Review: Realarm UWP
It's rare to find a Windows 10 UWP application that's this slick, this polished - I guess I'm coming to Realarm quite late, since it's been out for a while, but so many people had recommended it that I couldn't ignore it any longer. The delay also means that it's had plenty of time for updates. In use, I only encountered one tiny bug - everything else one might ever want in an alarm utility is present and correct and working. With sophisticated rules, puzzles to solve to prove you're awake(!), and syncing to OneDrive, Realarm is the real deal.
Of course, you have to really want a new alarm app - and that's not a given. The built-in Clock/Alarms utility in every phone for the last 20 years is more than enough for 99% of users, making the whole concept of Realarm (ahem) alarmingly niche. But it tries hard to add extras and these do start to win you over as they mount and mount.
Starting with 'quick alarms', when you just want to be notified a set number of minutes from now. It's a quick way to set something to remind you to take the dinner out of the oven, or similar. Help screens start off the Realarm experience and one of them introduces Quick Alarms and how pinning them to your Start screen (as I do further below) can mean setting one is just two taps away:
Ignoring the top-of-screen ad (you can get rid of this with the £1.49 in app purchase, effectively the 'cost' of Realarm), the interface is clear and clean - with the next alarm clearly shown, the option to skip it in advance (actually very useful, e.g. if you're already 'up') and then a scrolling pane of your set alarms, their basic parameters and a toggle to enable or disable them individually. Very clear.
Where Realarm starts to score big is in the details of an alarm. There are the usual daily repeats plus snooze options, but then you also get 'puzzle difficulty'. Eh? This, as you might possibly guess, is a maths puzzle that you have to solve before the alarm goes away, the idea being that if you're the sort of person who dismisses an alarm and then goes back to sleep immediately, you are forced to wake up enough to answer the puzzle. By which time you're far less likely to drift off again. Cunning....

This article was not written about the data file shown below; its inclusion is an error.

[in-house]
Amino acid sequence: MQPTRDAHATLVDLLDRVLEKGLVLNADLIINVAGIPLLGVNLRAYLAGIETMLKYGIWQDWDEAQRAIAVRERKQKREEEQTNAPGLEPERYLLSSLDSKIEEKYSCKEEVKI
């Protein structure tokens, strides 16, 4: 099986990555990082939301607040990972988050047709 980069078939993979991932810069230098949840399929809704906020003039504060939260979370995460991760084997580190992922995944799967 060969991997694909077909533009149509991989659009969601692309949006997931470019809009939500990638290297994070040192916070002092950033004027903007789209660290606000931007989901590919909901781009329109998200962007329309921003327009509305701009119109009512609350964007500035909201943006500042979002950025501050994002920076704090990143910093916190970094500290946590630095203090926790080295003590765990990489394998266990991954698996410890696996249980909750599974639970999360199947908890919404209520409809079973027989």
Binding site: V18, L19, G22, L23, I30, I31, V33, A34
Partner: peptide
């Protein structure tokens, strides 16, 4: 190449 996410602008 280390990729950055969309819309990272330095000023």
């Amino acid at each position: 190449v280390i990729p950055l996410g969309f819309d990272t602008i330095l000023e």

Everything's very clear and over three tabs - all for one single alarm!
Shown above are screens from the default light theme, but its also trivial to switch to a dark theme, which saves power on AMOLED screens, of course:
Then you get a ton of options as to the content and cosmetics of the main live tile (separate from a quick alarm tile), which I again show further below. By default the main tile cycles between the app icon, your chosen background image, and details of the next alarm to sound:
The sync system is interesting, offering a OneDrive-hosted sync to make sure all your Windows 10 devices have the alarm details. It's not immediately clear why you'd need this, but perhaps you're switching between a Lumia and a Surface Go (for example) and want the alarms to show up on both, with the important check box shown above right so that they can be silent on a tablet or laptop, reminding you of things in addition to whatever your Lumia is doing.
As I say, it's a niche function within a niche utility, but hey, it's well done and maybe you can think of a use for this cross-device functionality in your own life? Maybe!
A top notch piece of programming and a recommended application. I had just the one crash when setting up the sync system, but otherwise it worked as advertised. Including challenging my mental maths as I woke up!
Reviewed by Steve Litchfield at